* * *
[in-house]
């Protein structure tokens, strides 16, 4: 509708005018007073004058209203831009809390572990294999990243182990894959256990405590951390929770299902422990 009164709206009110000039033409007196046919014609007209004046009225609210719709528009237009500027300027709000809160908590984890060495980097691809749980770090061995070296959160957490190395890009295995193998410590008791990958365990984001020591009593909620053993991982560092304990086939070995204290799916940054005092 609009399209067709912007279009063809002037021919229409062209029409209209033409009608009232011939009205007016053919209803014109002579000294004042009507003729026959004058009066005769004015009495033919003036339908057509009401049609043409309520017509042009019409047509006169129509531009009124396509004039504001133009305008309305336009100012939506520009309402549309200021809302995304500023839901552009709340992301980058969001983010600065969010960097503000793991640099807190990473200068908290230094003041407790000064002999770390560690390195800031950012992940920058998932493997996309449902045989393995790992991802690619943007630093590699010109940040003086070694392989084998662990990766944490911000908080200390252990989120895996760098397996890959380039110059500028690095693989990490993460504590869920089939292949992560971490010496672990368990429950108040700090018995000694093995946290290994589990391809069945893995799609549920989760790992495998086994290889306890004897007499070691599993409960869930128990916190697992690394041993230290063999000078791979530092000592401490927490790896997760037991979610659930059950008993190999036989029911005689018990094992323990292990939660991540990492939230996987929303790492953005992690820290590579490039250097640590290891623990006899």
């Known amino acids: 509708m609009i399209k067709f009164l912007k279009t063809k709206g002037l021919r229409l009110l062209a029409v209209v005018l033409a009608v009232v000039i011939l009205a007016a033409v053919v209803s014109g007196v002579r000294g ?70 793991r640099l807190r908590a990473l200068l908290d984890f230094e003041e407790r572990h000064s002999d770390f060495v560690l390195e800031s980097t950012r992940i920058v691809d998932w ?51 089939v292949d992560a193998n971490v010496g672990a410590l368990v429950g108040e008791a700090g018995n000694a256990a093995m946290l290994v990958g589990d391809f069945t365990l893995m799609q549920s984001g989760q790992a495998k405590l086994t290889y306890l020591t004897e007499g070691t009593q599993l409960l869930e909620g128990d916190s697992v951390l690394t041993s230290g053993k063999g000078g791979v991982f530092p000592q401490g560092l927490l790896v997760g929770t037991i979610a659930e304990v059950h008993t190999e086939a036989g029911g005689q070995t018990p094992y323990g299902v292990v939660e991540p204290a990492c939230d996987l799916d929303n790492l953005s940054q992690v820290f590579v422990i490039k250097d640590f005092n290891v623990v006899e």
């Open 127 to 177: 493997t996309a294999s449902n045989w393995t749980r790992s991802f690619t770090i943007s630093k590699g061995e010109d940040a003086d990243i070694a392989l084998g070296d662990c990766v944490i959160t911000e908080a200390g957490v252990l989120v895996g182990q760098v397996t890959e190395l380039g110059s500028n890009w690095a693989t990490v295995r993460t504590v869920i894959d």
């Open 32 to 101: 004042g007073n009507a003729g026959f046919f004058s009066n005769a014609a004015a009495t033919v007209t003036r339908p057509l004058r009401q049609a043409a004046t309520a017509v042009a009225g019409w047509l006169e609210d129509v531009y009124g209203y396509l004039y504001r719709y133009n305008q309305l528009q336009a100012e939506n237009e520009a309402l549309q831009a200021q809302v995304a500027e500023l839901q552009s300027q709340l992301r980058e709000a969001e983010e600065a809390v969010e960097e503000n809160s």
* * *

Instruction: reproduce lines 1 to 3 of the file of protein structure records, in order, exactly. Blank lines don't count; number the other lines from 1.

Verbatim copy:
[in-house]
């Protein structure tokens, strides 16, 4: 509708005018007073004058209203831009809390572990294999990243182990894959256990405590951390929770299902422990 009164709206009110000039033409007196046919014609007209004046009225609210719709528009237009500027300027709000809160908590984890060495980097691809749980770090061995070296959160957490190395890009295995193998410590008791990958365990984001020591009593909620053993991982560092304990086939070995204290799916940054005092 609009399209067709912007279009063809002037021919229409062209029409209209033409009608009232011939009205007016053919209803014109002579000294004042009507003729026959004058009066005769004015009495033919003036339908057509009401049609043409309520017509042009019409047509006169129509531009009124396509004039504001133009305008309305336009100012939506520009309402549309200021809302995304500023839901552009709340992301980058969001983010600065969010960097503000793991640099807190990473200068908290230094003041407790000064002999770390560690390195800031950012992940920058998932493997996309449902045989393995790992991802690619943007630093590699010109940040003086070694392989084998662990990766944490911000908080200390252990989120895996760098397996890959380039110059500028690095693989990490993460504590869920089939292949992560971490010496672990368990429950108040700090018995000694093995946290290994589990391809069945893995799609549920989760790992495998086994290889306890004897007499070691599993409960869930128990916190697992690394041993230290063999000078791979530092000592401490927490790896997760037991979610659930059950008993190999036989029911005689018990094992323990292990939660991540990492939230996987929303790492953005992690820290590579490039250097640590290891623990006899």
């Known amino acids: 509708m609009i399209k067709f009164l912007k279009t063809k709206g002037l021919r229409l009110l062209a029409v209209v005018l033409a009608v009232v000039i011939l009205a007016a033409v053919v209803s014109g007196v002579r000294g ?70 793991r640099l807190r908590a990473l200068l908290d984890f230094e003041e407790r572990h000064s002999d770390f060495v560690l390195e800031s980097t950012r992940i920058v691809d998932w ?51 089939v292949d992560a193998n971490v010496g672990a410590l368990v429950g108040e008791a700090g018995n000694a256990a093995m946290l290994v990958g589990d391809f069945t365990l893995m799609q549920s984001g989760q790992a495998k405590l086994t290889y306890l020591t004897e007499g070691t009593q599993l409960l869930e909620g128990d916190s697992v951390l690394t041993s230290g053993k063999g000078g791979v991982f530092p000592q401490g560092l927490l790896v997760g929770t037991i979610a659930e304990v059950h008993t190999e086939a036989g029911g005689q070995t018990p094992y323990g299902v292990v939660e991540p204290a990492c939230d996987l799916d929303n790492l953005s940054q992690v820290f590579v422990i490039k250097d640590f005092n290891v623990v006899e």